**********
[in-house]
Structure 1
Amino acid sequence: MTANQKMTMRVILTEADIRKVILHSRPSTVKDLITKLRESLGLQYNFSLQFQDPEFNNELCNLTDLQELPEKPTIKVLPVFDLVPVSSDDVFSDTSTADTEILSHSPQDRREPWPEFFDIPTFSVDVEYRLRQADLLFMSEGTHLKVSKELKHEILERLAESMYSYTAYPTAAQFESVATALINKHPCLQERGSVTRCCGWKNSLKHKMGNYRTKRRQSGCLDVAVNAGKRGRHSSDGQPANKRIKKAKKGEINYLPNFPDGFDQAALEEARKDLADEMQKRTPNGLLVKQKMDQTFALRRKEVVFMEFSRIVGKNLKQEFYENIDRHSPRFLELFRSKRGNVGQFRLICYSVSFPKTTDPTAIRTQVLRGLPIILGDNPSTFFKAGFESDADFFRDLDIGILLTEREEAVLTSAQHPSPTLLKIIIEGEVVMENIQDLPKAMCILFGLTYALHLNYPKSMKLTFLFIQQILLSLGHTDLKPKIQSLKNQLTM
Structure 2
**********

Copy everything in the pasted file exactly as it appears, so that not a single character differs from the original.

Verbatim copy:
[in-house]
Structure 1
Amino acid sequence: MTANQKMTMRVILTEADIRKVILHSRPSTVKDLITKLRESLGLQYNFSLQFQDPEFNNELCNLTDLQELPEKPTIKVLPVFDLVPVSSDDVFSDTSTADTEILSHSPQDRREPWPEFFDIPTFSVDVEYRLRQADLLFMSEGTHLKVSKELKHEILERLAESMYSYTAYPTAAQFESVATALINKHPCLQERGSVTRCCGWKNSLKHKMGNYRTKRRQSGCLDVAVNAGKRGRHSSDGQPANKRIKKAKKGEINYLPNFPDGFDQAALEEARKDLADEMQKRTPNGLLVKQKMDQTFALRRKEVVFMEFSRIVGKNLKQEFYENIDRHSPRFLELFRSKRGNVGQFRLICYSVSFPKTTDPTAIRTQVLRGLPIILGDNPSTFFKAGFESDADFFRDLDIGILLTEREEAVLTSAQHPSPTLLKIIIEGEVVMENIQDLPKAMCILFGLTYALHLNYPKSMKLTFLFIQQILLSLGHTDLKPKIQSLKNQLTM
Structure 2